I’m a church secretary.  If you want to be labeled and categorized quickly I highly recommend it as a job for you.  I find it hilarious that God put me in this position considering how badly I hate the labeling process.  Of course, I didn’t know that I hated it so badly until I became a church secretary.  Perhaps He was trying to show me the danger of labeling and how much I used to do it myself: to other people of course.  The longer I’ve sat in my chair at work, the more I’ve seen the damage a label can cause.  Much like a Pastor or a Pastor’s wife, the church secretary is supposed to be perfect. You don’t get to have a bad day. Your job is to be cheerful and supportive. You most certainly don’t ever get to make a mistake. (Typo in the weekly bulletin and see what I mean.) You must behave in a “Christian manner” (whatever that is) at all times. If someone believes you haven’t, there is a problem, a large problem.  I’ll never forget the person who said to me (in all seriousness): “I can’t believe you would behave that way. You are a STAFF member!!”  I think I had whispered or giggled in church or something to that effect.  At any rate there is a different standard for the person labeled “Church Staff Member.” Don’t get me wrong: I’ve got no problem with having standards and expectations. I just have them for myself now instead of everyone else.   Our youth pastor’s wife (yep – I just used her label!) and I have the running joke that we have perfect marriages, perfectly behaved children, are always happy, never get annoyed with anyone and  we most certainly NEVER POOP.  She’s a pastor’s wife and I am “Church Staff”.  We are no longer human.  

 That’s one of the problems with labels.  They come with a whole set of standards and expectations that may or may not be valid.  Think about the things you expect from the people you have labeled.  “Doctors” never make mistakes.  They know everything and if they can’t fix it they are quacks.  “Lawyers” are shady and not to be trusted.  “Teachers” are always kind and energetic. “Government Officials”…okay…don’t get me started.  We all know where that one is heading.  My point: these are all just people.  Just like you.  Just like me. No two of them are the same, yet they are all shoved under one umbrella of expected behavior. There’s the key: no two of them are the same.  Nobody fits under just one label.  I am a “church secretary.”  I am also a “mom”. And a “wife”… a “daughter”…. a “sister”…. an “aunt”… a “friend”…. a “baker”… a “walker”….a “Christian”….a “reader”….  I’m not the same today as I was yesterday.  I hope to be a little different tomorrow.  I never want to stop learning. I never want to quit maturing and changing.   Just as I didn’t necessarily fit one “label” in high school I still don’t today.  No one does.  We are more than the job we have.  We are more complex than the activities we enjoy.  We are the sum of all those things mixed together and twisted with the bent of our personalities and spiced by the things we have experienced and learned from.  How sad that most people would rather pigeonhole others under a label and leave them there.  It makes us think we can figure out how to deal with them better.  What it actually does is rob us of really knowing them.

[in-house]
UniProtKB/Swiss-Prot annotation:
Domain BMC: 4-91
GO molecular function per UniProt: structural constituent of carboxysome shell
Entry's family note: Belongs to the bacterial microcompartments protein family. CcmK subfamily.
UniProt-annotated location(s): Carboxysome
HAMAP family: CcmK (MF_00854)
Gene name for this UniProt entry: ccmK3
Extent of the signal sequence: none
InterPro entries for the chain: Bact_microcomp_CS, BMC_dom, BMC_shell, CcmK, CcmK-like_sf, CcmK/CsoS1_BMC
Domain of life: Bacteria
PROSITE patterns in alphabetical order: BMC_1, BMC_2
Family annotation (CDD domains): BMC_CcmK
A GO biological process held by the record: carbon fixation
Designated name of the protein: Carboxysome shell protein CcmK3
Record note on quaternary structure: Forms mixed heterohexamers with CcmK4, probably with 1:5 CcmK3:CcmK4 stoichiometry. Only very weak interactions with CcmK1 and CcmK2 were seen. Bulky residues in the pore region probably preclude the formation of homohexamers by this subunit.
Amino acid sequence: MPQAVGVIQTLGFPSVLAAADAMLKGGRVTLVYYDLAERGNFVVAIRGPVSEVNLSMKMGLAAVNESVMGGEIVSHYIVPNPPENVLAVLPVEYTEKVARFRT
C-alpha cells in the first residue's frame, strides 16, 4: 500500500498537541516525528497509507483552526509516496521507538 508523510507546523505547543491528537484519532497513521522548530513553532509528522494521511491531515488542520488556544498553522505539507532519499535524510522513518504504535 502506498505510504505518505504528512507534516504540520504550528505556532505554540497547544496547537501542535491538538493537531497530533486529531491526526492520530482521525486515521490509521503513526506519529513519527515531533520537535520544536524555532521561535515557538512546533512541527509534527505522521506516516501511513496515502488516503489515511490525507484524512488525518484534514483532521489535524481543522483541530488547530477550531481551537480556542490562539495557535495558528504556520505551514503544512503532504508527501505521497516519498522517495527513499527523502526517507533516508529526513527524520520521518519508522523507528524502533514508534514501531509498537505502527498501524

When I attend my reunion tonight will I discover what label I had in high school and find out that people are surprised by what I am today?  I have no idea.  Will my past classmates still have me labeled? Again I don’t know.  If they do I just hope one of the labels is “nice.”  I can live with that.